½ cup cooked beans or peas (such as lentils, pinto beans, and kidney beans)
There is no solid scientific evidence that eating fiber reduces the risk of developing cancer, but eating fiber-rich whole grains is still recommended because they contain other substances beyond fiber alone that may help prevent cancer and because they have other health benefits.
WHAT IS FIBER?
Fiber refers to the parts of plant foods that the body cannot digest. Fiber is most abundant in whole grains and gives them their dark color, heavy feel, and great nutrient content. Fiber can also be found in vegetables, fruits, nuts, seeds, and beans. The amount of whole grains and fiber you need depends on your age, gender, and amount of physical activity. Currently, the recommendation is that healthy adults should try to eat at least twenty-five grams of fiber daily. One way to increase fiber is buying whole grain products whenever possible, such as brown rice instead of white rice, whole grain pasta instead of egg noodles, and old-fashioned rolled oats instead of instant oatmeal. Most people will need to work up to this level slowly over time because gas or bloating can occur with abrupt increases in fiber intake. A supplement such as Beano that contains natural enzymes can help to decrease the digestive problems that can occur after eating these foods.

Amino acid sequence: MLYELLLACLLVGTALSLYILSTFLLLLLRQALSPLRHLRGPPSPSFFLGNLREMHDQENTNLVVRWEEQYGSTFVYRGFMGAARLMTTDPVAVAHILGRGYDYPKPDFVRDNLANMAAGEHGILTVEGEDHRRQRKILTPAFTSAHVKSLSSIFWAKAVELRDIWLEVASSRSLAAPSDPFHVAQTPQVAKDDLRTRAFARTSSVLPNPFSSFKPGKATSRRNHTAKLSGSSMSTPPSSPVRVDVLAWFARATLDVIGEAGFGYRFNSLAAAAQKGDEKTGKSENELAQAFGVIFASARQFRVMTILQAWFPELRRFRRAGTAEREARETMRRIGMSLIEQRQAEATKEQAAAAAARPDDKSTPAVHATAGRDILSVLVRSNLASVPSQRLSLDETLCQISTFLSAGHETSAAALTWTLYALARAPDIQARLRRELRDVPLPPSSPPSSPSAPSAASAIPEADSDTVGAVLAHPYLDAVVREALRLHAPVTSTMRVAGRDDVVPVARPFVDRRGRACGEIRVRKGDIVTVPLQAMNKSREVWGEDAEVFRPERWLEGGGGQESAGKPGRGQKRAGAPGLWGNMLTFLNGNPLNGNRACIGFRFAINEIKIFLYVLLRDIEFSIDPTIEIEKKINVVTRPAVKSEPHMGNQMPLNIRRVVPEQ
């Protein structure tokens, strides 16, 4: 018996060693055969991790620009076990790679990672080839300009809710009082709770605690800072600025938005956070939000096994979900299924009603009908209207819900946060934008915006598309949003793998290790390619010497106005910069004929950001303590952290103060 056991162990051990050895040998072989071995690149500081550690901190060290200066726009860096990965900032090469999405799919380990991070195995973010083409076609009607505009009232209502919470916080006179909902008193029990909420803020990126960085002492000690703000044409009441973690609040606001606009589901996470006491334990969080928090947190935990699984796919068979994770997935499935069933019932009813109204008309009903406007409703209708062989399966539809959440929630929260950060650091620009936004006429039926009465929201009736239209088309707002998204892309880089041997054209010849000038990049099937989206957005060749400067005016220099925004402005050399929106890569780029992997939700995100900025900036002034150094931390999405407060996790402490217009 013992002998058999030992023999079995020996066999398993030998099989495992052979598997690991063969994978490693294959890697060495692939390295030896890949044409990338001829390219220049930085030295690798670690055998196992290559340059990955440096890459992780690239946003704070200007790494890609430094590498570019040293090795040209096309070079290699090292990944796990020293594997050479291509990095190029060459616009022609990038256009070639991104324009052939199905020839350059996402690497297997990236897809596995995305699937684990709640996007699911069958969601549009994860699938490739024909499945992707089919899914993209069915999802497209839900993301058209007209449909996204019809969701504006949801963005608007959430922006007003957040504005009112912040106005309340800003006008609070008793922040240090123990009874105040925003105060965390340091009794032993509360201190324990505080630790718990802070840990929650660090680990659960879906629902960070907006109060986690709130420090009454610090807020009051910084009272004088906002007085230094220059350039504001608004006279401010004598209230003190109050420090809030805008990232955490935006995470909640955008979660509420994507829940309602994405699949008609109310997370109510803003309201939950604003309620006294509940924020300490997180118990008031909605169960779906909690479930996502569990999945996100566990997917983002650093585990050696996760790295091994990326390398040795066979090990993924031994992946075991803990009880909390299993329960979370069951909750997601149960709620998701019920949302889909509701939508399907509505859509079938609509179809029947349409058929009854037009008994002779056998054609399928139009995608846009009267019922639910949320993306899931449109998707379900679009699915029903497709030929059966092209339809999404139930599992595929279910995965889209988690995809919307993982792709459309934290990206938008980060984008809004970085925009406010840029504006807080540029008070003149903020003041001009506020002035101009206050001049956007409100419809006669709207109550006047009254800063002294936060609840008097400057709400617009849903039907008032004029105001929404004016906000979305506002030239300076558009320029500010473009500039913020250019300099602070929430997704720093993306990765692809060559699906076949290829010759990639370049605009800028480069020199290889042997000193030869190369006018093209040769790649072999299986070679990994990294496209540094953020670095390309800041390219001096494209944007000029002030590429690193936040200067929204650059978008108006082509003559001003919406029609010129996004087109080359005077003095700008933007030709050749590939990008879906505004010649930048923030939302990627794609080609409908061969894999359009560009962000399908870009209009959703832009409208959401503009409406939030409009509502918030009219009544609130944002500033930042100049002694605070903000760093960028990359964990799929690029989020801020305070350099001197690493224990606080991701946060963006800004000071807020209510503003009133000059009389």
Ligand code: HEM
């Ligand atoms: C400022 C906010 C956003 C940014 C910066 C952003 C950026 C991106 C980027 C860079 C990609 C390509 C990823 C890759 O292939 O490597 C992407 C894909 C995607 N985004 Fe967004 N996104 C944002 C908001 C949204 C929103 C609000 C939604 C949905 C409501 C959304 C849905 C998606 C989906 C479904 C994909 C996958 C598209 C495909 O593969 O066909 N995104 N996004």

Fiber is classified as either soluble or insoluble, which refers to whether it dissolves in water (is soluble) or not. Both types are important to health. Soluble fiber is found in oats, legumes, barley, apples, berries, and carrots, and it helps reduce the amount of cholesterol in your blood and may help control blood sugar and insulin levels. Insoluble fiber is found in whole grains, bran, some vegetables and fruits, and seeds, and it promotes normal, regular bowel movements.